This week, I’ve been worrying about what makes a good review, but I’ve been starting too deep. I’ve been assuming that all this anxiety about style and approach comes after the critic has experienced whatever it is that they’re criticising.
But as of yesterday, noted experimental arts critic Christopher Hart of the Daily Mail has floored my preconceptions with a review of Lars von Trier’s Antichrist that begins by admitting he hasn’t even seen the work he’s judging and goes on to to deconstruct the very journal he’s writing for. This is magical, post-modernist stuff – the kind of thing that could only be written by a true artist of the critical form, unburdened by the callow limitations of ethics and editorial responsibility.
The first major clue that this essay is really about itself rather than the film comes at the head of the fourth paragraph:
I haven’t seen it myself, nor shall I – and I speak as a broad-minded arts critic, strongly libertarian in tendency. But merely reading about Antichrist is stomach-turning, and enough to form a judgment.
A pro-censorship libertarian! A critic who hasn’t watched the film! The ironies are piled deliciously, teeteringly high, daringly alerting readers to the dangerously (yet covertly) subversive nature of the essay they are about to read.
Now, anyone could shrug off an invitation to Antichrist by saying “What? But Dancer In The Dark was unbearable. Why would I want to see more of this shit?” or “Doesn’t that just sound like torture porn for art house wankers who think they’re too good for Saw?” or “Hey! Doesn’t von Trier know we’ve all seen Don’t Look Now?” But Hart is simply using von Trier’s violence as a point of departure for his own brutal dismemberment of the Daily Mail world:
That section is worth looking at in detail, because the comic timing is so audacious, moving from an invocation of “jihadists” to asserting a link with the EU with Hart confesses he hasn’t confirmed, to knowingly asking the reader what they feel about his richly confected fiction. It’s a beautiful moment of connection between writer and audience, a wonderful nod to his faith in our ability to see through his games and into the paper’s conventions of fear, supposition, and fear-fuelled supposition.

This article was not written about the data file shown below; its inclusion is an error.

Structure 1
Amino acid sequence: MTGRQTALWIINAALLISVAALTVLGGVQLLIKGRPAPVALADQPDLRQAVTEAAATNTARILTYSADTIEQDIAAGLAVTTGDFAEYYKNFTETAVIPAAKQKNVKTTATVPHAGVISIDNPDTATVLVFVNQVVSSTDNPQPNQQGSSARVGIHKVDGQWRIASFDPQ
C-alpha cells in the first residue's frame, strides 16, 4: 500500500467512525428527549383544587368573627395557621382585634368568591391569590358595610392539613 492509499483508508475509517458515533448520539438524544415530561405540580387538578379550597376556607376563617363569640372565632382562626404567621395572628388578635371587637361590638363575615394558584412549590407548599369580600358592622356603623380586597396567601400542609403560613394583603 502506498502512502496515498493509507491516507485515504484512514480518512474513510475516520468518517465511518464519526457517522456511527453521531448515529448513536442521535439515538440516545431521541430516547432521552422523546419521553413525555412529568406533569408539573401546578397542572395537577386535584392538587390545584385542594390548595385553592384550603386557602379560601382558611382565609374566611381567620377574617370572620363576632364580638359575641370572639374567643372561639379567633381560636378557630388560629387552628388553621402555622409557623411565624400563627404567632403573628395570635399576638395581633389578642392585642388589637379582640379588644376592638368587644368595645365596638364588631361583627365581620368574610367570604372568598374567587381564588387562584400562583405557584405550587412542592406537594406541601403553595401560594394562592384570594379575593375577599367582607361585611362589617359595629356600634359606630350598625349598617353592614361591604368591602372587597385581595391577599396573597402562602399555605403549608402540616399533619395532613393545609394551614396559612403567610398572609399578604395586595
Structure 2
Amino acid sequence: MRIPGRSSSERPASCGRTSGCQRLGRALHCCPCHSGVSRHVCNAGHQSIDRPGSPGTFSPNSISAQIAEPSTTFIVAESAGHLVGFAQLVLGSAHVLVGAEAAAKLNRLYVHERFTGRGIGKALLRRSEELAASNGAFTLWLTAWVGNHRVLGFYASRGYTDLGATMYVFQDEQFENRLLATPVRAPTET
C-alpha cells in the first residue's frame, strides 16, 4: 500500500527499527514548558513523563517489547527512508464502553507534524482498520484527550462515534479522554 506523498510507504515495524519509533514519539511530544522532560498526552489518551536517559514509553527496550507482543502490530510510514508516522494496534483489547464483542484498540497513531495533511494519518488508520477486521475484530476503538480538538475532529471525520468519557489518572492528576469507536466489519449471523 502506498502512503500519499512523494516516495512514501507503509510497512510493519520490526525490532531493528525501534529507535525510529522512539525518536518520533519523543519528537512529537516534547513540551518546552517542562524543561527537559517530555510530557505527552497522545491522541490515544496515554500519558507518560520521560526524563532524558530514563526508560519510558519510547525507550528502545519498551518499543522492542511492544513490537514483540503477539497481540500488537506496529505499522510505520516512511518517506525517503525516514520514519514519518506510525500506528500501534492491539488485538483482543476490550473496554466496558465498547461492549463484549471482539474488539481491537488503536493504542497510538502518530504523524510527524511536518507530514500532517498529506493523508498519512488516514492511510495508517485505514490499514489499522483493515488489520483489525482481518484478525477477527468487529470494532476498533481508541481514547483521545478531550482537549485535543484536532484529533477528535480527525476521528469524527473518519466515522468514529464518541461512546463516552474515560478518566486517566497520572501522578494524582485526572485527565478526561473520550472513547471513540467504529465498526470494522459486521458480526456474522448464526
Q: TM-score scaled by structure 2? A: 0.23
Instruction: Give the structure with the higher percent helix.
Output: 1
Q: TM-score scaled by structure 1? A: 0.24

As too is his so-feeble-it-must-be-deliberate brandishing of Shakespeare’s violence as an example of “dramatising the tragic universe we inhabit, human evil at its worst, and […] hidden moral process” before aggressively slamming the BBFC for being “blinded by their own cultural snobbery, swallowing the lie that Antichrist is Art.” The essay constantly threatens to fold under the weight of its own irony, but it somehow rolls intact to its climactic denunciation of “the hesitant, fumbling, comfortably cushioned, value-free Leftish elite who now govern us”.
It’s such a highly-wrought parody of Daily Mail paranoia and cultural suspicion, it’s no wonder that the editors have published it as though it were a simply-intentioned article. But the clinching evidence of Hart’s mischievous intent isn’t in anything you can see on the page: it’s in something he’s left out. Nowhere in the feature does he manage to incorporate gypsies into his fantastical cultural conspiracy – an omission so conspicuous in the Mail that it’s obvious something important must be up.
© Sarah Ditum, 2009